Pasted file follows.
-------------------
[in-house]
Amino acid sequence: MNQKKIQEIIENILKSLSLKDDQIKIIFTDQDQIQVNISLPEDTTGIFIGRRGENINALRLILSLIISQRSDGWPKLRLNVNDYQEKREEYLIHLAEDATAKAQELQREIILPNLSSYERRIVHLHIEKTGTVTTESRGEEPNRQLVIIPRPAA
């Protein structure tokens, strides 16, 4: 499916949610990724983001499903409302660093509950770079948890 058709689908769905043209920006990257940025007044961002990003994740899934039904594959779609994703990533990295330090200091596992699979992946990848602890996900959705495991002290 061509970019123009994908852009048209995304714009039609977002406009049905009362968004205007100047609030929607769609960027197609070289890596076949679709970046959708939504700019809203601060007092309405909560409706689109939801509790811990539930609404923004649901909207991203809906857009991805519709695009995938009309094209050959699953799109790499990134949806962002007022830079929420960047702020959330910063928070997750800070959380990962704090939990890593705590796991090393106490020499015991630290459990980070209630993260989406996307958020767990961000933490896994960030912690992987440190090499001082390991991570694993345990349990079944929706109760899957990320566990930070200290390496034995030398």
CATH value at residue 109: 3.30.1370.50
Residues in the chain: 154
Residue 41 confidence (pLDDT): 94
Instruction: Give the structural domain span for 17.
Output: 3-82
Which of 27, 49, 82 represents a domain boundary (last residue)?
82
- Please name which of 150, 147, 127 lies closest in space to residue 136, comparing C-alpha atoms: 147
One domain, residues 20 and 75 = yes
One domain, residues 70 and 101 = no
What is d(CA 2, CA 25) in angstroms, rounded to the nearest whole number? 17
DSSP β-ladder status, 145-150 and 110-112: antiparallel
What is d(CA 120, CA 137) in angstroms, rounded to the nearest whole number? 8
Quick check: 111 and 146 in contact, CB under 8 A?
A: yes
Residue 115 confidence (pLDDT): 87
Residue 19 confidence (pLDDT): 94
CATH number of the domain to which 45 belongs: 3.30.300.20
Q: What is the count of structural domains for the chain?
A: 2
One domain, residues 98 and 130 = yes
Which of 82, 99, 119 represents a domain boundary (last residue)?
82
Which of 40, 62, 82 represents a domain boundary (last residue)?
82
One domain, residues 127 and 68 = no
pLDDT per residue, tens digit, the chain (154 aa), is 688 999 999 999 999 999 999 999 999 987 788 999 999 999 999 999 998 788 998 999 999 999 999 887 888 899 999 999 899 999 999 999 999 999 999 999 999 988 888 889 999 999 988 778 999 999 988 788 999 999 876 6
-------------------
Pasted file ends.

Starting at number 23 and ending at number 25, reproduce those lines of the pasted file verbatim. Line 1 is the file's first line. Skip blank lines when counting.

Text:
A: 2
One domain, residues 98 and 130 = yes
Which of 82, 99, 119 represents a domain boundary (last residue)?